"It is sad that ... the ACP, has stepped back in time, ignoring all the scientific and pharmaceutical development of the past 10–15 years, displaying a lack of understanding of the available data and resort to this plausible statement, calling their position 'evidence-based guidance' to support their conclusions."
"There is no evidence to support higher goals in the management of the majority of patients with diabetes, while there is overabundance of evidence to show that lower HbA1c is better."
"The top diabetes experts, nationally and internationally, through the leading medical societies in diabetes — ADA, AACE, EASD, International Diabetes Federation [IDF], and others — all agree that the HbA1c goal for most patients should be ≤ 6.5% (AACE, IDF) or < 7% (ADA, EASD). Clearly the evidence supports these goals, while the ACP's position is not supported."
ACP Defends Its Position
But Wilt argues: "There is no high quality evidence that achieving an HbA1c of < 7% improves clinical outcomes, and it leads to harms, medication burden, and costs."
Any benefits, for example, reductions in microvascular complications in the UKPDS and other studies "were small in absolute numbers, required many years to accrue, were not consistently found, and typically were limited to 'laboratory or physiologic' measures, such as protein in the urine, rather than clinical outcomes, such as painful neuropathy, impaired vision, or kidney failure," he added.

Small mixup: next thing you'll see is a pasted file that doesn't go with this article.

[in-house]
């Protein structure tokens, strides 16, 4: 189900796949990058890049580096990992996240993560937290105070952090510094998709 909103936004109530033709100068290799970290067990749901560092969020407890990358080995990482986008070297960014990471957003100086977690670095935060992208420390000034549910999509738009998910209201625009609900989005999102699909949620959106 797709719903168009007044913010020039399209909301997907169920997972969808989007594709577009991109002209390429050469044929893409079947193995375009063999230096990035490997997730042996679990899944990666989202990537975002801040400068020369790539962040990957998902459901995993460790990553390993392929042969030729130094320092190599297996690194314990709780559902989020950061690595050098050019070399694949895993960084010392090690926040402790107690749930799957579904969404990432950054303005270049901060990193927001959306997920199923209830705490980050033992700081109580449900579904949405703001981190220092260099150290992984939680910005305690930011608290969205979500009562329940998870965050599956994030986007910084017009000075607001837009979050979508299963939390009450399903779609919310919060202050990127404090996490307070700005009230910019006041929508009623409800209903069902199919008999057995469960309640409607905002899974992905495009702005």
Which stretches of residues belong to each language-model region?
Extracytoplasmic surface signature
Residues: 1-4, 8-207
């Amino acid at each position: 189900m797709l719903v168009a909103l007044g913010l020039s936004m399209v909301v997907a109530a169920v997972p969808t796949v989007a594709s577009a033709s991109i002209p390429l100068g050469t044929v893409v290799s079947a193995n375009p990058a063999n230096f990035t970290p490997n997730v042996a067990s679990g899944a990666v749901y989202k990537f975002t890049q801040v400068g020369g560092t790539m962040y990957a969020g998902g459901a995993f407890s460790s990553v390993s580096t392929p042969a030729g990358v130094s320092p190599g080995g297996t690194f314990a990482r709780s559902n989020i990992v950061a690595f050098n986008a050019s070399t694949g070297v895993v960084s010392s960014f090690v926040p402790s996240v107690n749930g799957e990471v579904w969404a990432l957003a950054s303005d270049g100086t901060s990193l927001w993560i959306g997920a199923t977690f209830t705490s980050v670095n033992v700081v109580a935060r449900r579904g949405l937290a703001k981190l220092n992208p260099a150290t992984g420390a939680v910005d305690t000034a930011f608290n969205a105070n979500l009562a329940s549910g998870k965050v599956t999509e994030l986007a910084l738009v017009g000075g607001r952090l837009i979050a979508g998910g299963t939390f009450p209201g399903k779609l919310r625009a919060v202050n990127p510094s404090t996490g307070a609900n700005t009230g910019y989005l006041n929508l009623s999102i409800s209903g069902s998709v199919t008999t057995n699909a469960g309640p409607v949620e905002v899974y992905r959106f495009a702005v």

"Evidence does not support an HbA1c of < 6.5%, but rather demonstrates that this leads to no benefit and substantial harms and costs," Wilt said.
"ACP's guidance statement ... demonstrates that a target range of 7–8% for most patients provides an optimal balance of clinical benefits and harms," he reiterated.
Statement 3: "Clinicians should consider de-intensifying pharmacologic therapy in patients with type 2 diabetes who achieve HbA1c levels less than 6.5%."
"Results from studies included in all the guidelines demonstrate that health outcomes are not improved by treating to HbA1c levels below 6.5%,” Ende said.
"This guidance is different from the ADA's 2018 Standards of Care," noted Cefalu.
"However, we do recommend de-intensification or simplification of complex regimens to reduce the risk of hypoglycemia in older adults, if this can be achieved within the individualized HbA1c target. Any de-intensification should be based on these factors, such as the presence of hypoglycemia, and not on a number."
"In 2018, the ADA recommended that patients with existing cardiovascular disease not meeting HbA1c targets on metformin alone receive a medication proven to reduce risk of CVD death and/or events," he noted.
"It's possible that this add-on therapy may reduce HbA1c levels to below 6.5% — the ACP guidance would suggest that the add-on therapy be removed, thus increasing the risk of morbidity and mortality."
Higher targets for people with existing CVD may mean that treatment intensification with these potentially life-saving medications isn't considered, Cefalu observed.
"How not smart ... to reduce pharma therapy in patients who are at goal. Once the medication stops, that patient will lose [glycemic] control," Handelsman opined.